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Album Review

David Sills Double Guitar Quintet: Natural Lines

Read "Natural Lines" reviewed by Mark Sullivan


Los Angeles-based reed player David Sills has usually led a quintet with guitar, piano, bass and drums. Most of his recent performances have taken place in venues lacking a piano, so he began adding a second guitar. The change in instrumentation had a side benefit, opening up new musical possibilities and colors. Having two guitars in the rhythm section is common in rock music, but unusual in jazz, so it offers a novel listening experience (especially for jazz guitar fans). ...

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Album Review

David Sills: Blue's the New Green

Read "Blue's the New Green" reviewed by Dan McClenaghan


Saxophonist David Sills opens his Blue's the New Green with tenor sax titan Sonny Rollins' tune, “No Moe." But Sills doesn't use Rollins' musculature or his burly tone. He rolls more in the mode of sax men Joe Henderson or Stan Getz--or, to take it back further, Coleman Hawkins or Ben Webster, with a smooth, vibrato-less delivery. Sills is steeped in the tradition of those who came before him, without being mired there. As in previous outings, Eastern ...

115

Album Review

David Sills: Green

Read "Green" reviewed by Dan McClenaghan


With tenor saxophonist David Sills, three big “s" words come to mind: Swinging, soulful, and...surfing?"Check out the cover photo on his Green CD. You might think it a re-release of a forgotten Chantays--of “Pipeline" fame--album from 1963. The guy on the surfboard--David Sills himself--is cutting into a bottom turn on a clean, overhead steel blue wave, with, it appears, a tube in his immediate future.Surfing aside, Sills proves himself a saxophonist/composer riding deep in the jazz ...

162

Album Review

David Sills: Down the Line

Read "Down the Line" reviewed by Jack Bowers


One of the great things about jazz is that there's always room for persuasive new voices, especially those who've mastered the vocabulary and know how to swing. Saxophonist David Sills, now in his mid-thirties, qualifies easily on both counts, as he shows consistently on Down the Line, evidently his second album as a leader of his own group, although Sills has recorded with a number of other first-rank musicians.

Sills has enlisted a clever and congenial front-line partner in alto ...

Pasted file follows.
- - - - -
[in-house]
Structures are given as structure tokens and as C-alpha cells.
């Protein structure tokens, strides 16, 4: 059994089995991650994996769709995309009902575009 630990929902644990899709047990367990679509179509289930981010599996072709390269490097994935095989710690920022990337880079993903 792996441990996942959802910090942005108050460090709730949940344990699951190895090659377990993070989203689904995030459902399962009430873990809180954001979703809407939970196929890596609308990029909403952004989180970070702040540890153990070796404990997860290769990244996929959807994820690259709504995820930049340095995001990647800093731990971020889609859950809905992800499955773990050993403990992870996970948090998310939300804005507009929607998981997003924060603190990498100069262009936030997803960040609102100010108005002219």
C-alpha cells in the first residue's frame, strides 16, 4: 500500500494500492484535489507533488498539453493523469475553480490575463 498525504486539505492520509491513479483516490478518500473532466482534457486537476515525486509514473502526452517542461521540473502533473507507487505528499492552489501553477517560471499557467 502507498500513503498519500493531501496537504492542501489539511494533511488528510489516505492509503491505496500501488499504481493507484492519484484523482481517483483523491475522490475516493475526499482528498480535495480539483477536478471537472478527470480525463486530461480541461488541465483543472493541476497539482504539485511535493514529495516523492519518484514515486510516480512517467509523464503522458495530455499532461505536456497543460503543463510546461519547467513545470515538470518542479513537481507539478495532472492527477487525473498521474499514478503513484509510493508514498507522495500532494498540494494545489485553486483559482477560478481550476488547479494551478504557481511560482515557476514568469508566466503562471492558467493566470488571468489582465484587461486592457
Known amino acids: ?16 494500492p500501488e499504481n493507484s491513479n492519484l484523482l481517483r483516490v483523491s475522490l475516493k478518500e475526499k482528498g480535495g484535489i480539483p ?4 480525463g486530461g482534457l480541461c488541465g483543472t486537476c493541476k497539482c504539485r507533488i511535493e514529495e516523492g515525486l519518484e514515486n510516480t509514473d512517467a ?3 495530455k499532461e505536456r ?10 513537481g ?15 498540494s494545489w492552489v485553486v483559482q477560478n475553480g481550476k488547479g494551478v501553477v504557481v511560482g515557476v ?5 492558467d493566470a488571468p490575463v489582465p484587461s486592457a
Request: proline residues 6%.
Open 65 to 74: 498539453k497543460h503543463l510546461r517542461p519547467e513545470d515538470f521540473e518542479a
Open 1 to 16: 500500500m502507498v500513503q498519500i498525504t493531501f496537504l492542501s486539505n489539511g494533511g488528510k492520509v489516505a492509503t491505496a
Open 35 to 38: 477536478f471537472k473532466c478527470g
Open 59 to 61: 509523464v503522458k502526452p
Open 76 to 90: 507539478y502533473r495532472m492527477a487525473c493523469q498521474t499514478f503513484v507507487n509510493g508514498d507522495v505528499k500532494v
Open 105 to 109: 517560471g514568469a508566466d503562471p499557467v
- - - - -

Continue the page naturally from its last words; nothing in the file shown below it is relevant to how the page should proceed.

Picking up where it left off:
168

Album Review

David Sills: Eastern View

Read "Eastern View" reviewed by Dan McClenaghan


With a solid organ trio backing him, tenor saxophonist David Sills grabs your attention with his very first solo on Eastern View 's opener, the Sills-penned (as are all the songs here) “New Break." The tune opens with an organ-supplied bass groove backed by shimmering cymbals; then the guitar and sax enter, peeling off some tangy mid-tempo lines, until the accompaniment pulls back and Sills steps out front, with a somewhat restrained (nicely so) and articulate, straightforward monolgue in front ...

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Album Review

David Sills: Bigs

Read "Bigs" reviewed by Jack Bowers


Naxos' press release calls tenor saxophonist David Sills “a unique composite of Stan Getz, Joe Henderson and Warne Marsh." Not much pressure on that young man's shoulders, is there? Well, if Sills is feeling any pressure on Bigs, his second album for Naxos, it's never apparent; in fact, he's as loose and unflappable as Steve Irwin, television's zealous crocodile hunter, who never flinches no matter how imminent the danger. While the ghosts of Getz and Henderson are always close at ...

146

Album Review

David Sills: Bigs

Read "Bigs" reviewed by Dave Nathan


Tenor sax man David Sills when he came to the stylistic crossroads, obviously took the fork marked Lester Young, Coleman Hawkins and Stan Getz instead of the one marked Charlie Parker, John Coltrane and Sonny Rollins. This decision is reflected on his second release for the Naxos label. He is joined by a quartet of jazz veterans, Alan Broadbent, Larry Koonse, Darek Oles and Joe LaBarbera. Sills hasn't ignored all forms of modern jazz. Not in the least. “Waiting for ...


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